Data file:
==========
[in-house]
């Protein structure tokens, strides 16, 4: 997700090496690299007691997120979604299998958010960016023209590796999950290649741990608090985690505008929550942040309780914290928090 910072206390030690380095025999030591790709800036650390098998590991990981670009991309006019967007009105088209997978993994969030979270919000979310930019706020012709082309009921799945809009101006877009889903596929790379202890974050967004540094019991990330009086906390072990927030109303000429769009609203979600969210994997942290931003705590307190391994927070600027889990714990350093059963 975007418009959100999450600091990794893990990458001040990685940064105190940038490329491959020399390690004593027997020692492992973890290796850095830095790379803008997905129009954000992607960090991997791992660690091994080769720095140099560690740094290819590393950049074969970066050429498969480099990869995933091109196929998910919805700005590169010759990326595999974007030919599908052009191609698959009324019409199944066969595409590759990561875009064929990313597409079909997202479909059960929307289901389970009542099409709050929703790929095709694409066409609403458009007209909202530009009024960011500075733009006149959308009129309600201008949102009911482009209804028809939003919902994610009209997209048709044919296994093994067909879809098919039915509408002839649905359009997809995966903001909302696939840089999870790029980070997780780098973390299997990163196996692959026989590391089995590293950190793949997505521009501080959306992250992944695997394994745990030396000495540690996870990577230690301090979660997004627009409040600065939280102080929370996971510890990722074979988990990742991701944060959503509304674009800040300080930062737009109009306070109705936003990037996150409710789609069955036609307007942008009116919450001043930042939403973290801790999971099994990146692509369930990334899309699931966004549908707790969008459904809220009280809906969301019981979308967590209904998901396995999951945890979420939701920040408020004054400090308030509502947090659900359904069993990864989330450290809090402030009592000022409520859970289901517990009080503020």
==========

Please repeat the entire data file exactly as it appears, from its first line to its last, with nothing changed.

[in-house]
């Protein structure tokens, strides 16, 4: 997700090496690299007691997120979604299998958010960016023209590796999950290649741990608090985690505008929550942040309780914290928090 910072206390030690380095025999030591790709800036650390098998590991990981670009991309006019967007009105088209997978993994969030979270919000979310930019706020012709082309009921799945809009101006877009889903596929790379202890974050967004540094019991990330009086906390072990927030109303000429769009609203979600969210994997942290931003705590307190391994927070600027889990714990350093059963 975007418009959100999450600091990794893990990458001040990685940064105190940038490329491959020399390690004593027997020692492992973890290796850095830095790379803008997905129009954000992607960090991997791992660690091994080769720095140099560690740094290819590393950049074969970066050429498969480099990869995933091109196929998910919805700005590169010759990326595999974007030919599908052009191609698959009324019409199944066969595409590759990561875009064929990313597409079909997202479909059960929307289901389970009542099409709050929703790929095709694409066409609403458009007209909202530009009024960011500075733009006149959308009129309600201008949102009911482009209804028809939003919902994610009209997209048709044919296994093994067909879809098919039915509408002839649905359009997809995966903001909302696939840089999870790029980070997780780098973390299997990163196996692959026989590391089995590293950190793949997505521009501080959306992250992944695997394994745990030396000495540690996870990577230690301090979660997004627009409040600065939280102080929370996971510890990722074979988990990742991701944060959503509304674009800040300080930062737009109009306070109705936003990037996150409710789609069955036609307007942008009116919450001043930042939403973290801790999971099994990146692509369930990334899309699931966004549908707790969008459904809220009280809906969301019981979308967590209904998901396995999951945890979420939701920040408020004054400090308030509502947090659900359904069993990864989330450290809090402030009592000022409520859970289901517990009080503020």